The number of journalists imprisoned for their work has increased for the second straight year, according to the Committee to Protect Journalists. About a third of the jailed journalists were involved in Internet dissemination of information.
The press advocacy group found that one-hundred thirty-four reporters were imprisoned as of December 1st, 2006. Of the total, some forty-nine were Internet journalists -- the highest number the Committee to Protect Journalists has ever tallied.
For the eighth consecutive year, China is the world's leading jailer of reporters, with thirty-one imprisoned. Nineteen cases involve Internet journalists. One of them, Shi Tao, is serving a ten-year sentence for posting notes online detailing government instructions on how to cover the anniversary of the Tiananmen Square crackdown.
Cuba ranks second on the list with twenty-four reporters, writers, and editors behind bars. Most of them were jailed in the country's massive March 2003 crackdown on dissidents and the independent press. Nearly all had filed news and commentary to overseas Web sites.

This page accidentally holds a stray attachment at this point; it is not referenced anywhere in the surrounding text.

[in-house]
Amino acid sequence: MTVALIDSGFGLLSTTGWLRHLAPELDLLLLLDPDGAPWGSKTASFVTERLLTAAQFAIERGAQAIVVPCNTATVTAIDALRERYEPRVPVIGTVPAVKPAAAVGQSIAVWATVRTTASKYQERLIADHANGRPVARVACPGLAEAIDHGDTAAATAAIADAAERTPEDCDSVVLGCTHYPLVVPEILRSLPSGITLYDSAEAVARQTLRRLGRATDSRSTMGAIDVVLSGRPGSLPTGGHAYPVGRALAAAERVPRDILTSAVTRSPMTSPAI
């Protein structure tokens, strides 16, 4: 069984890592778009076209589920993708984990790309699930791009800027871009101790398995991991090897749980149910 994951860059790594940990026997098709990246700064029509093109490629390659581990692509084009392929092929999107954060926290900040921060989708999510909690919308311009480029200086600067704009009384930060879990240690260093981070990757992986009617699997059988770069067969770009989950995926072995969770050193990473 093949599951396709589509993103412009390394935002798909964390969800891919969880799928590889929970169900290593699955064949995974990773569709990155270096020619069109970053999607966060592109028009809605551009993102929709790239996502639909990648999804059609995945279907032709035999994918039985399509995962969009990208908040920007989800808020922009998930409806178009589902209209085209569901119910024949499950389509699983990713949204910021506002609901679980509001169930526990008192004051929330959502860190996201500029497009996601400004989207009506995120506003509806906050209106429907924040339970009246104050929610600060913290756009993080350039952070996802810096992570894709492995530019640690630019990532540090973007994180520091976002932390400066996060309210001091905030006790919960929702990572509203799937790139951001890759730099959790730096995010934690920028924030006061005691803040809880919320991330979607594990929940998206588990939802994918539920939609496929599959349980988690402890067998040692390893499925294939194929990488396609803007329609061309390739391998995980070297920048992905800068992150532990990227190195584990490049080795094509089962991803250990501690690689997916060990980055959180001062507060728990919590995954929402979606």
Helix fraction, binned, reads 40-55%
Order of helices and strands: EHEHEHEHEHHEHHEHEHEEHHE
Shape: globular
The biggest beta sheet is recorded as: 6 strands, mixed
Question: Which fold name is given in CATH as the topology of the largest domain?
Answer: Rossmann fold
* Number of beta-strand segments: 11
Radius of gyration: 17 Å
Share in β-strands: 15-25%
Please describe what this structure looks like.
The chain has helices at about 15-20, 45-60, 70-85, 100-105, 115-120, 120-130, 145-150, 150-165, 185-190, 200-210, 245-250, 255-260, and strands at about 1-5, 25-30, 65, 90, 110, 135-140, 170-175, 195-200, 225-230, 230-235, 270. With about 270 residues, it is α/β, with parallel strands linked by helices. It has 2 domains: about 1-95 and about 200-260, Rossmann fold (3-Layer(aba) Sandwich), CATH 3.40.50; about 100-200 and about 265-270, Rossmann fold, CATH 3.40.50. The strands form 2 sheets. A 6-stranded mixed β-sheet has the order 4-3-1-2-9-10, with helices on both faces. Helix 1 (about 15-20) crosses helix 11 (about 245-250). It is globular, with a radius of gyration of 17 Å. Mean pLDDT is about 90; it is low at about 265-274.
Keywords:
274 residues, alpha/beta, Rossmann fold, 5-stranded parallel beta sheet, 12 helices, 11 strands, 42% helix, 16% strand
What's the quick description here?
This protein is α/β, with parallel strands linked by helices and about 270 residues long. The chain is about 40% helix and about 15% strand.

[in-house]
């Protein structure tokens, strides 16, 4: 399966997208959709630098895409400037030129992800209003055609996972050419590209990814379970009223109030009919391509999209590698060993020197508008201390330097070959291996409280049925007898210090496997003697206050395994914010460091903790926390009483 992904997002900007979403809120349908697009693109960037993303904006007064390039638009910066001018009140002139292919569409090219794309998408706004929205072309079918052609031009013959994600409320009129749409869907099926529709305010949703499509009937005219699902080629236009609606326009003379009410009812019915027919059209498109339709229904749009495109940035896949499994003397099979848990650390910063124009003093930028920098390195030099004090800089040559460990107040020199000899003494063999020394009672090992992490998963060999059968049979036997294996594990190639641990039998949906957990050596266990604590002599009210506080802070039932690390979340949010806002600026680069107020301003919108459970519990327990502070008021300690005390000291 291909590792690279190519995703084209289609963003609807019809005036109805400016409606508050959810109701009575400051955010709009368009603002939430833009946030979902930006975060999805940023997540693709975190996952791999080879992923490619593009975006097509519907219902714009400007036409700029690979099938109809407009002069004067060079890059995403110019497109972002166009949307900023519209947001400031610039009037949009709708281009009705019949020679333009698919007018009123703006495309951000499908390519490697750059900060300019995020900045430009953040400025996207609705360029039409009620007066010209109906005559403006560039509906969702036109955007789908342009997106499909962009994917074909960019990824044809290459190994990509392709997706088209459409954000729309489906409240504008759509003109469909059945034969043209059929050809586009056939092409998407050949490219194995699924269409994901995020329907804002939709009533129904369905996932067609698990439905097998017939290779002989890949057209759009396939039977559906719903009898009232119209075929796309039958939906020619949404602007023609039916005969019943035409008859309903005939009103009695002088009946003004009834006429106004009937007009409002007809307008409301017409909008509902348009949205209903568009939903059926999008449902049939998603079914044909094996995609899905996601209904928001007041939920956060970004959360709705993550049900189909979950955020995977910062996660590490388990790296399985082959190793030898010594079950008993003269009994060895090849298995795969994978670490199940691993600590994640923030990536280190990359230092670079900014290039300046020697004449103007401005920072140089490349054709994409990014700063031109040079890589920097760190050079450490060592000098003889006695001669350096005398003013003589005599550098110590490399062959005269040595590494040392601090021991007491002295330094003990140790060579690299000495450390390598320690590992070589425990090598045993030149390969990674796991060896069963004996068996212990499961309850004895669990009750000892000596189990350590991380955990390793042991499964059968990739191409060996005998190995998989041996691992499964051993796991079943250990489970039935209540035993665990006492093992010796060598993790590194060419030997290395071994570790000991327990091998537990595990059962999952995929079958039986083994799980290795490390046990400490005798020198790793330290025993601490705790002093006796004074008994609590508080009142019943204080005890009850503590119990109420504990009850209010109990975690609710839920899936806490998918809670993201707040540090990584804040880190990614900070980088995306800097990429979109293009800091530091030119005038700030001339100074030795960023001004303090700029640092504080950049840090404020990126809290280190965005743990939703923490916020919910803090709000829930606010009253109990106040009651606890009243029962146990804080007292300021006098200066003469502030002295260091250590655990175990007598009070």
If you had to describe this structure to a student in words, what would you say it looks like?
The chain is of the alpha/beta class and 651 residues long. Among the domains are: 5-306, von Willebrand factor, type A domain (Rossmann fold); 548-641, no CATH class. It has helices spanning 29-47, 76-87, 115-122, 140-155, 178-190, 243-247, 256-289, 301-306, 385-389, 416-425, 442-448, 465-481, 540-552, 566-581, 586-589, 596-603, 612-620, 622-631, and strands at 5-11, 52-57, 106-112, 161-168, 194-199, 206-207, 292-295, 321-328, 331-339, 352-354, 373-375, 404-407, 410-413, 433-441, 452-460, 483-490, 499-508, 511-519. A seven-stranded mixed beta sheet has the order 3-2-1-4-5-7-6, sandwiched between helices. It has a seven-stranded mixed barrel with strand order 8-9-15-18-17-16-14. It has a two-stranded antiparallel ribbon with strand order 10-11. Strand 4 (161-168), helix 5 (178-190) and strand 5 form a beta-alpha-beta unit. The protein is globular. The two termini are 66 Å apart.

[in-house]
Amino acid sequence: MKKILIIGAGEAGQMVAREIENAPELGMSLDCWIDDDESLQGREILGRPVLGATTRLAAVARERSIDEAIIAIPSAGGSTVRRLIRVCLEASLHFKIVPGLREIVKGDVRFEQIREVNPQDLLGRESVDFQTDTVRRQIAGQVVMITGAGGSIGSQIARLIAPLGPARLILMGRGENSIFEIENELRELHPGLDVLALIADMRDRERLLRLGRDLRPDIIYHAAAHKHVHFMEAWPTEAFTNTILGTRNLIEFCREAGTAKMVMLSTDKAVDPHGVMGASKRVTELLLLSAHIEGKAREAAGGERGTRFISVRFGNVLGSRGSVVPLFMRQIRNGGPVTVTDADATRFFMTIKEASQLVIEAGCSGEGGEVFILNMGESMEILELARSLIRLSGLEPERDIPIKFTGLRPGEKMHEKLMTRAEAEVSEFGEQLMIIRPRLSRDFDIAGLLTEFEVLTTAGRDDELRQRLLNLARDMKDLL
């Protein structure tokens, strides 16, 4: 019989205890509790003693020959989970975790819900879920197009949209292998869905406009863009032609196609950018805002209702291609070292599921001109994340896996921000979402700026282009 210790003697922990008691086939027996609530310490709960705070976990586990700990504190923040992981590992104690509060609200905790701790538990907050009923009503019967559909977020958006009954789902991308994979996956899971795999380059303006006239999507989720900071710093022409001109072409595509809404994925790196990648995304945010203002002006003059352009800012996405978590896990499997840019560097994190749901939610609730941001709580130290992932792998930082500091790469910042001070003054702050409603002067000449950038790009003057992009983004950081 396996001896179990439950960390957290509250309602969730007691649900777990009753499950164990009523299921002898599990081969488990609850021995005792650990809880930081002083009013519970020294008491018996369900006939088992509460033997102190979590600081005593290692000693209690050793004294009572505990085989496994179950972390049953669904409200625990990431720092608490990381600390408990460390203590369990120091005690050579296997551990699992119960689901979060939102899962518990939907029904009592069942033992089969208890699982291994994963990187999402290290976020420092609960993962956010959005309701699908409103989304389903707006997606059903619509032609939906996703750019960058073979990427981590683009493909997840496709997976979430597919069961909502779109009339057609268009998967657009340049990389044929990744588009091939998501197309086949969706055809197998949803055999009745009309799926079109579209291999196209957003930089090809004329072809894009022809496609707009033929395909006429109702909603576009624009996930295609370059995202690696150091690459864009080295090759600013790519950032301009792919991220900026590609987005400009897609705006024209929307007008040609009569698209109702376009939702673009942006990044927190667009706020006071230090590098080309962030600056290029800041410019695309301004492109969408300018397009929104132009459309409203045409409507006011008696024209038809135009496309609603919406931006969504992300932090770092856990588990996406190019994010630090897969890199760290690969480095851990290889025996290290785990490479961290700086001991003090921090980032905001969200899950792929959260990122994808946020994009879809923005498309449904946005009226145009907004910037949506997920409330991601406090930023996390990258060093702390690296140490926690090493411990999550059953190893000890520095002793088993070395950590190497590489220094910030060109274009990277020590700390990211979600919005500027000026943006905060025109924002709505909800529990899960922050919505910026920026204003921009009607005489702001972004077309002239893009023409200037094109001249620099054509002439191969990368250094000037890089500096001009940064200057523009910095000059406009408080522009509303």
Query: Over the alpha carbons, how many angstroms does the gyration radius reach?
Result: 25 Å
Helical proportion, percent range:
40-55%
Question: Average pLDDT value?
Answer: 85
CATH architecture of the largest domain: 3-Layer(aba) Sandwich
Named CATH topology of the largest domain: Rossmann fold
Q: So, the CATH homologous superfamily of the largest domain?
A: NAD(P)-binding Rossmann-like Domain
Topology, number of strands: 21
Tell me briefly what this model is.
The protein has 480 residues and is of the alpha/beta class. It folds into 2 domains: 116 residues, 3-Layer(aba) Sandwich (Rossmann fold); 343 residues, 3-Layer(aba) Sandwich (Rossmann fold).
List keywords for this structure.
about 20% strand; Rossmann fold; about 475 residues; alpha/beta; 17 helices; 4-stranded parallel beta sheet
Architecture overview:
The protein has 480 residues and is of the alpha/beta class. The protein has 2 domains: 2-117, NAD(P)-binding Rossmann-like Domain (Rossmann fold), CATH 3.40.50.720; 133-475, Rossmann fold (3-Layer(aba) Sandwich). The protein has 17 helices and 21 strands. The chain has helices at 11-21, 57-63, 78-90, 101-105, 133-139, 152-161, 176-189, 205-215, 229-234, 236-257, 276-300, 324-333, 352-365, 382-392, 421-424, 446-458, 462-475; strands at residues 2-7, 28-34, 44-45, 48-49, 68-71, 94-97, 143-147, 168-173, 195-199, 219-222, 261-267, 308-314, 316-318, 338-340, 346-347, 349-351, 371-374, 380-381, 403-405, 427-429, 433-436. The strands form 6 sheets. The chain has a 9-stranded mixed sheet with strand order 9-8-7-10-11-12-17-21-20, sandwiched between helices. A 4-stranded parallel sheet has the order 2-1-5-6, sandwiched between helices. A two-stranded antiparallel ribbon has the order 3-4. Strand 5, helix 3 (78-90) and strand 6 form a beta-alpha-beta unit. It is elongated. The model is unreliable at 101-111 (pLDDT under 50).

Eritrea leads African countries in jailing reporters, with twenty-three in prison. The journalists are being held in secret locations with no charges filed against them. The Committee to Protect Journalists says their well-being is of growing concern.
Neighboring Ethiopia has imprisoned eighteen journalists. Most of them are being tried for treason after being arrested by authorities in a November 2005 crackdown on dissent.
Other countries that have imprisoned journalists include Burma, which is holding seven reporters, and Uzbekistan, which is holding five.
The United States believes freedom of the press is a fundamental human right. "All free societies," says U.S. Secretary of State Condoleezza Rice, "carry the responsibility to press restrictive governments to allow an open press."
The preceding was an editorial reflecting the views of the United States Government.